Hepatitis B Vaccine Not Associated With Childhood Multiple Sclerosis

Vaccinating against the hepatitis B virus does not appear to be associated with the risk of developing multiple sclerosis in childhood, according to a report in the December issue of Archives of Pediatrics & Adolescent Medicine, one of the JAMA/Archives journals1.

Several studies have evaluated a possible association between the hepatitis B vaccine and the autoimmune neurological disease multiple sclerosis (MS) in adults, according to background information in the article. Most have found no significant increase in the risk of MS in the short or long term, although one identified a potentially increased risk within three years of vaccination. “Some of these epidemiologic studies have been criticized for methodological limitations,” including how vaccination status was confirmed, the authors write. “This controversy created public misgivings about hepatitis B vaccination. Hepatitis B vaccination in children remained low in several countries despite vaccination campaigns supporting early vaccination against hepatitis B in children as a means of inducing strong and long-lasting immunity and despite high levels of hepatitis B–related morbidity and mortality worldwide.”

Yann Mikaeloff, M.D., Ph.D., of Hôpital Bicêtre, Le Kremlin Bicêtre, France, and colleagues studied 143 children who developed MS before age 16, with a first episode of the disease occurring between 1994 and 2003. Each patient was matched to an average of eight control participants from the general French population who were the same age and sex and lived in the same location but did not have MS. Telephone interviews and questionnaires were used to collect vaccination records and information about family history of MS or other autoimmune diseases.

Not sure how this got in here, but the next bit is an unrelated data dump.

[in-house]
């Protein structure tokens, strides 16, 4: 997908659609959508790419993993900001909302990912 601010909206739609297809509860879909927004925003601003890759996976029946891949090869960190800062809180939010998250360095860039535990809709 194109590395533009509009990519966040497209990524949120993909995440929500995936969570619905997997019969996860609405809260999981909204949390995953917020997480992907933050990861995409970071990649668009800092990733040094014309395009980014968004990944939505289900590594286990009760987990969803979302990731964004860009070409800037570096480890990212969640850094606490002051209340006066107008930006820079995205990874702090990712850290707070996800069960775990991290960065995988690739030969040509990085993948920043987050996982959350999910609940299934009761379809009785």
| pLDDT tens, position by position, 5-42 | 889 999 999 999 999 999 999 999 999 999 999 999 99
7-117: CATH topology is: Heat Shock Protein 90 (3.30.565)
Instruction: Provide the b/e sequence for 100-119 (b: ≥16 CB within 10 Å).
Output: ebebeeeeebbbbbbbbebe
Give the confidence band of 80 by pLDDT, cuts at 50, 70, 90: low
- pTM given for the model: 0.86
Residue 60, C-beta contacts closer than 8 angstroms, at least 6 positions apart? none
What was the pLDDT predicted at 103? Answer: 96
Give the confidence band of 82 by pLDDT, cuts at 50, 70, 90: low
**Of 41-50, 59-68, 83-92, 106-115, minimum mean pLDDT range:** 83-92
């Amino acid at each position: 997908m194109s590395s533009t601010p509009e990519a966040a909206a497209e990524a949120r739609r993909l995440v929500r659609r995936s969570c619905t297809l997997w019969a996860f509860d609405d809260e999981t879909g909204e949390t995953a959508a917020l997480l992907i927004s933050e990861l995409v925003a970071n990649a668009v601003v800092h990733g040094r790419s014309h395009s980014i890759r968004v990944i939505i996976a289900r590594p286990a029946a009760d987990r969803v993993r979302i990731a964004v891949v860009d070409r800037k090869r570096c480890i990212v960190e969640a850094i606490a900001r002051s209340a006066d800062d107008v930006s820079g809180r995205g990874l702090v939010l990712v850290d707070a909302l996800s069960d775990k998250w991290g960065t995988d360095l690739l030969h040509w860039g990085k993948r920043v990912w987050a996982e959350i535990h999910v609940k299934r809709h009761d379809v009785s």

In the three years before the first episode of MS, approximately 32 percent of both the 143 patients and the 1,122 controls were vaccinated against hepatitis B. “Vaccination against hepatitis B within the three-year study period was not associated with an increased rate of a first episode of MS,” the authors write. “The rate was also not increased for hepatitis B vaccination within six months of the index date or at any time since birth or as a function of the number of injections or the brand of hepatitis B vaccine.”

“Vaccination against hepatitis B does not seem to increase the risk of a first episode of MS in childhood,” they conclude.

It can sometimes be difficult to tell whether a new study represents a significant medical advance or flawed research, write Frederick P. Rivara, M.D., M.P.H., and Dimitri A. Christakis, M.D., M.P.H., of the University of Washington, Seattle, in an accompanying editorial. Dr. Rivara is editor and Dr. Christakis an associate editor of Archives of Pediatrics & Adolescent Medicine.2

“In this issue of the Archives, Mikaeloff and colleagues conducted a large well-done study to examine a link between hepatitis B vaccine and multiple sclerosis,” they write. “We have published it both because of the rigor of the research and because of the need to reassure a public that is increasingly wary of vaccination. Going forward, we hope that the process of scientific discovery proceeds in a rigorous and thoughtful way that will increase the public’s health and not harm it.”


1. Arch Pediatr Adolesc Med. 2007; 161(12):1176-1182. 

2. Arch Pediatr Adolesc Med. 2007; 161(12):1214-1215.